During this past year, my fellow nurses and I have been on the front lines helping fight the COVID-19 pandemic. Like so many other frontline workers, we have all made huge personal sacrifices. As some nurses have traveled across the country to help, many have transitioned to new departments, learned new patient care routines/practices, and the most heart-wrenching thing has been holding the hand of our COVID-19 patients so they wouldn’t have to die alone.
I am concerned that the California State Legislature is considering a budget proposal to increase the tax on bleach and other disinfectants in hospitals, nursing homes, daycare centers, schools, businesses, and other high-traffic areas.
With a $75 billion state surplus, we should not be discussing raising the tax on disinfectants by 90%. If anything, California should be lowering the costs of these critical products that help us safeguard patients, healthcare workers, and the public.
State and local health agencies require that businesses, schools, nursing homes, and childcare centers “establish procedures to routines clean and disinfect commonly touched surfaces and objects throughout the workday.”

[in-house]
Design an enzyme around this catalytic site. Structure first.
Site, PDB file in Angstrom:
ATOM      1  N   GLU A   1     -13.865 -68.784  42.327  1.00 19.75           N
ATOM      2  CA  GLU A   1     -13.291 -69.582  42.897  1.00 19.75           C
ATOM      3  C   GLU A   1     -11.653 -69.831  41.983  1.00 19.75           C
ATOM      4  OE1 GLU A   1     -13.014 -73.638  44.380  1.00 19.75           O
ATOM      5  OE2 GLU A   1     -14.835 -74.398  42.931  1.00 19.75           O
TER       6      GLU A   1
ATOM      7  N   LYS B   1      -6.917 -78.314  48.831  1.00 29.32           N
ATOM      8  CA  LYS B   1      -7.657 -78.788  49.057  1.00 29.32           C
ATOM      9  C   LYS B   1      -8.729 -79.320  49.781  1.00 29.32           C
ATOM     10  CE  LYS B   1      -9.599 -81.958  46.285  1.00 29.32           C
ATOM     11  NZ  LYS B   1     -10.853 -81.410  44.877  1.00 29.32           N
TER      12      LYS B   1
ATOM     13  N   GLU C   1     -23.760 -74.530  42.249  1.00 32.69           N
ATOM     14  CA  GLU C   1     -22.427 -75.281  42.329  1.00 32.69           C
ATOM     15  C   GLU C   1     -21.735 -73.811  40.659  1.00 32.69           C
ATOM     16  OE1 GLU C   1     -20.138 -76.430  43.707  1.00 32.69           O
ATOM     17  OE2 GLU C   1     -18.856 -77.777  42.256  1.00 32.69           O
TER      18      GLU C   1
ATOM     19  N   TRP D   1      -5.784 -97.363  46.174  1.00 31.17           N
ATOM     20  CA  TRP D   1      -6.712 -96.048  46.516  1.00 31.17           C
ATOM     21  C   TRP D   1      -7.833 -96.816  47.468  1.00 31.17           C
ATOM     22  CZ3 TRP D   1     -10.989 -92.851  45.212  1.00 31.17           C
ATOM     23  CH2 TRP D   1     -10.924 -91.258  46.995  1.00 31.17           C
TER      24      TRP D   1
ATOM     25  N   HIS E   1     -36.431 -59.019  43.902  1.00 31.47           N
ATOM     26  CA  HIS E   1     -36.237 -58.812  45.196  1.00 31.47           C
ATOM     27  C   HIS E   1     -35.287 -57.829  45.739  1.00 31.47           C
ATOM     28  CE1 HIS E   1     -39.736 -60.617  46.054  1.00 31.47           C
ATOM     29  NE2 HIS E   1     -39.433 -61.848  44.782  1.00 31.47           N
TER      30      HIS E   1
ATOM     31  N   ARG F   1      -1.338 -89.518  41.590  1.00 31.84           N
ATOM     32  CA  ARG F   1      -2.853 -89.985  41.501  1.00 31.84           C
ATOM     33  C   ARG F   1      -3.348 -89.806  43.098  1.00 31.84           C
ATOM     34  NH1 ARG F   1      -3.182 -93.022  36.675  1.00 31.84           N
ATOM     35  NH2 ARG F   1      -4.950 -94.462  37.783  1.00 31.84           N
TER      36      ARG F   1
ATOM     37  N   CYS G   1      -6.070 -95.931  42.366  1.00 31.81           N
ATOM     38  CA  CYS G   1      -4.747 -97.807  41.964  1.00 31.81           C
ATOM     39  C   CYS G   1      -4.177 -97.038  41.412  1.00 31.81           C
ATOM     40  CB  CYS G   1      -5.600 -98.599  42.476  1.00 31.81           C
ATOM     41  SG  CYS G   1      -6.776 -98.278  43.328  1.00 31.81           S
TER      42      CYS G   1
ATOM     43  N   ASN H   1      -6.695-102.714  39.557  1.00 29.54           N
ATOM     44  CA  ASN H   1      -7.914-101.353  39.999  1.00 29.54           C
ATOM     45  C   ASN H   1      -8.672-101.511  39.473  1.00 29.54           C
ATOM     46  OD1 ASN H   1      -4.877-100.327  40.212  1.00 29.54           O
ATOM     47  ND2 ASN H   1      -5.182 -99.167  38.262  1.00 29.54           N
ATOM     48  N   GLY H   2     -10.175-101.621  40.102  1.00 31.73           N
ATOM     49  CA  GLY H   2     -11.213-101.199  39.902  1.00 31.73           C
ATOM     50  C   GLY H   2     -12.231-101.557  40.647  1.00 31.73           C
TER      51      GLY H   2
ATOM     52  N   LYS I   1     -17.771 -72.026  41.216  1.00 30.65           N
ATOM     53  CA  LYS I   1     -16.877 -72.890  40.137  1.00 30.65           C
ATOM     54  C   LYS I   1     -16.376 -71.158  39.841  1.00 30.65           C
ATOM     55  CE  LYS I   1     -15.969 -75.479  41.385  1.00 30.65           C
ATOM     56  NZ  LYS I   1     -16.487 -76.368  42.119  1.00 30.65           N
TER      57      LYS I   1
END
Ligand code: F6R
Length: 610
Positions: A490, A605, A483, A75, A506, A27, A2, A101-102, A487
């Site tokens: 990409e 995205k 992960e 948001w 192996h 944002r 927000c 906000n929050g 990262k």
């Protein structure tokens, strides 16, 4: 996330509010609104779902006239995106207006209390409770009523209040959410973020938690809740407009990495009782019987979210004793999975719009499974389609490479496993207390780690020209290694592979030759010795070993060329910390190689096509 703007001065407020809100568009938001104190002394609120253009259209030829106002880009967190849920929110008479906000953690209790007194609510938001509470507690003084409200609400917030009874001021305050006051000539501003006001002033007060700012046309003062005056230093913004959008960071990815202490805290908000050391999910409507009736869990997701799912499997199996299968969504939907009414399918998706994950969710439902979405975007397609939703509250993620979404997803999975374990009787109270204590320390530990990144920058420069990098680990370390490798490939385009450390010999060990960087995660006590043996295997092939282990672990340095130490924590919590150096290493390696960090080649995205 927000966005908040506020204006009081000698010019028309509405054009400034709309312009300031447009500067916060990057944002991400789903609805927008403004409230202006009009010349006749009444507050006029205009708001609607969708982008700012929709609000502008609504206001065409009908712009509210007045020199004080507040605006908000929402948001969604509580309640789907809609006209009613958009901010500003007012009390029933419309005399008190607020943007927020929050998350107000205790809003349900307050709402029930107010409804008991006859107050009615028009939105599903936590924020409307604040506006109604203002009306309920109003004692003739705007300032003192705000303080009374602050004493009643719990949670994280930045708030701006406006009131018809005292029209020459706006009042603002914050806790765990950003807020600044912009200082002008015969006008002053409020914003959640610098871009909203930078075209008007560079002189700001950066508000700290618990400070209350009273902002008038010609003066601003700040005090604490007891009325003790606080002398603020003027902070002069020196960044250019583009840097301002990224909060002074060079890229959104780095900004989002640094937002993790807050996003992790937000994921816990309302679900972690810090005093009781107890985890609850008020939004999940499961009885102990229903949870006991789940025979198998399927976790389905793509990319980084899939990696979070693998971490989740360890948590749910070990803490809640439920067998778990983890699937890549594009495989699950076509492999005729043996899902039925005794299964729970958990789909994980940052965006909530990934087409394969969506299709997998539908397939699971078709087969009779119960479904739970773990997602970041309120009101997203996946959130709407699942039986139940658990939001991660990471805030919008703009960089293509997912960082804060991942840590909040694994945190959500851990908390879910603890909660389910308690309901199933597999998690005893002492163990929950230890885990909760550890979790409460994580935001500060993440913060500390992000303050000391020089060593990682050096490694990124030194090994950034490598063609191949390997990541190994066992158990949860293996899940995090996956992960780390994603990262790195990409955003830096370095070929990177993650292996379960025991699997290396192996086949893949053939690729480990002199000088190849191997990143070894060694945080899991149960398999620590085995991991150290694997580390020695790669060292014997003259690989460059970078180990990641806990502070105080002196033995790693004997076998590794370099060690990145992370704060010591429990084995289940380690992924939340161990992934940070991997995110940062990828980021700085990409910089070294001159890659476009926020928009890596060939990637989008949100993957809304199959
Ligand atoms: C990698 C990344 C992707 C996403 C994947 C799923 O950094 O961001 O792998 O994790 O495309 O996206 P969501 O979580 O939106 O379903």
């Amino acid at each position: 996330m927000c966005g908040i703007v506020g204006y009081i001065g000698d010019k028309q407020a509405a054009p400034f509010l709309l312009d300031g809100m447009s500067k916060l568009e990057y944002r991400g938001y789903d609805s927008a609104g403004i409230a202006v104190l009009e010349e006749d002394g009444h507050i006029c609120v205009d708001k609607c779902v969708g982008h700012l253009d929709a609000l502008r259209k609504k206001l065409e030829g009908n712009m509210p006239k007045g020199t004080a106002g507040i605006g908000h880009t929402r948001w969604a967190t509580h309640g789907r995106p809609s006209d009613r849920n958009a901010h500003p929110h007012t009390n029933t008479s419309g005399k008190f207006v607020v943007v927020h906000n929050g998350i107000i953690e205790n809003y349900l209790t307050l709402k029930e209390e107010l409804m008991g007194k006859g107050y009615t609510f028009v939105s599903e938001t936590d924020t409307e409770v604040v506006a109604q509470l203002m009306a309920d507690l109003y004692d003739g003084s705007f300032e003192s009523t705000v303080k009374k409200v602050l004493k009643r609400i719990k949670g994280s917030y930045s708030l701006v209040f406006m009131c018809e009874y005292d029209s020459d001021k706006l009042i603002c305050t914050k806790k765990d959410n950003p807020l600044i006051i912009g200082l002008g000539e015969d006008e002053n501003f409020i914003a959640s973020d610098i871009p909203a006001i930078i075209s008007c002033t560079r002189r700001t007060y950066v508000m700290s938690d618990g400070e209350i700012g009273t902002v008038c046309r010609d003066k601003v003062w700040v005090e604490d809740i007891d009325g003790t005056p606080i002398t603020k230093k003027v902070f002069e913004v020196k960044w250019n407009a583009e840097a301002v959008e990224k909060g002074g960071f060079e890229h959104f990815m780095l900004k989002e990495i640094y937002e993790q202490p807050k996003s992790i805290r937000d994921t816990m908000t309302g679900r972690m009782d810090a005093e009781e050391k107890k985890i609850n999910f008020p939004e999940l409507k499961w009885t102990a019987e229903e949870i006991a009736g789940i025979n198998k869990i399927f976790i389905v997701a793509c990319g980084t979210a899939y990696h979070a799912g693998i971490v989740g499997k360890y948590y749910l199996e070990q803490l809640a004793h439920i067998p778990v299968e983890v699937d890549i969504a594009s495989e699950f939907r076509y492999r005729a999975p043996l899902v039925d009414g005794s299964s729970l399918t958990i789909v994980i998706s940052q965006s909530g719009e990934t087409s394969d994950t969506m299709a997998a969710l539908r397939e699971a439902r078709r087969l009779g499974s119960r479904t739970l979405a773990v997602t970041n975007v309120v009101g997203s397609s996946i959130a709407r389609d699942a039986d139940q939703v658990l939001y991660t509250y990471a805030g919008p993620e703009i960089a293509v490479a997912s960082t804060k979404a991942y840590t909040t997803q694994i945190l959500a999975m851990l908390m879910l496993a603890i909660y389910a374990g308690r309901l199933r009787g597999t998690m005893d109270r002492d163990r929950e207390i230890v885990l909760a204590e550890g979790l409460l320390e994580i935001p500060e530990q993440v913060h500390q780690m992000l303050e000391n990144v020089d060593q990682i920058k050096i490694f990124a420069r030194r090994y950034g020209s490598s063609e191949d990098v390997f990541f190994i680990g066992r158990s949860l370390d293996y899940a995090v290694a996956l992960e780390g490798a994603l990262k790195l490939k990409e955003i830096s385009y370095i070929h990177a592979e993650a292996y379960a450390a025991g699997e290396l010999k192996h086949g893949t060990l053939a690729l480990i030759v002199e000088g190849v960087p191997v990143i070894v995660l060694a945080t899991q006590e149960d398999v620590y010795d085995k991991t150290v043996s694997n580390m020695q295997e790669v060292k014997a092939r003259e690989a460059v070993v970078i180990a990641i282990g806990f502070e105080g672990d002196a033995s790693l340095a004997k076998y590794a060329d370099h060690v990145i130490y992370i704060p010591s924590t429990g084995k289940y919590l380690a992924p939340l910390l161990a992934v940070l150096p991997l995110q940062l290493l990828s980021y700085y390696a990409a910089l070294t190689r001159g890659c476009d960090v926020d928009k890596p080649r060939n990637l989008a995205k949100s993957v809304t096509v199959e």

As our businesses begin to offer more indoor seating, outdoor events such as fairs and concerts are starting to get scheduled. Governor Gavin Newsom recently announced that our students should be attending a full-time school in Fall 2021.
The California Department of Public Health and local county health departments continue to promote the routine cleaning and use of disinfectants to help prevent the further spread of COVID-19 and other viruses.
As our state begins to open up, let us remember that we have not yet defeated COVID-19.
These past few months, local county public health officials found three different COVID-19 variants (Brazil, United Kingdom, and South Africa) in Northern California.
Let us not disregard and forget the many sacrifices, loss of life, and the countless unemployed and homeless Californians.
I strongly urge that our state leaders consider the negative impact of what it means to increase the tax on disinfectants, making it more costly to our hospitals, schools, businesses, nursing homes, childcare centers, and the public.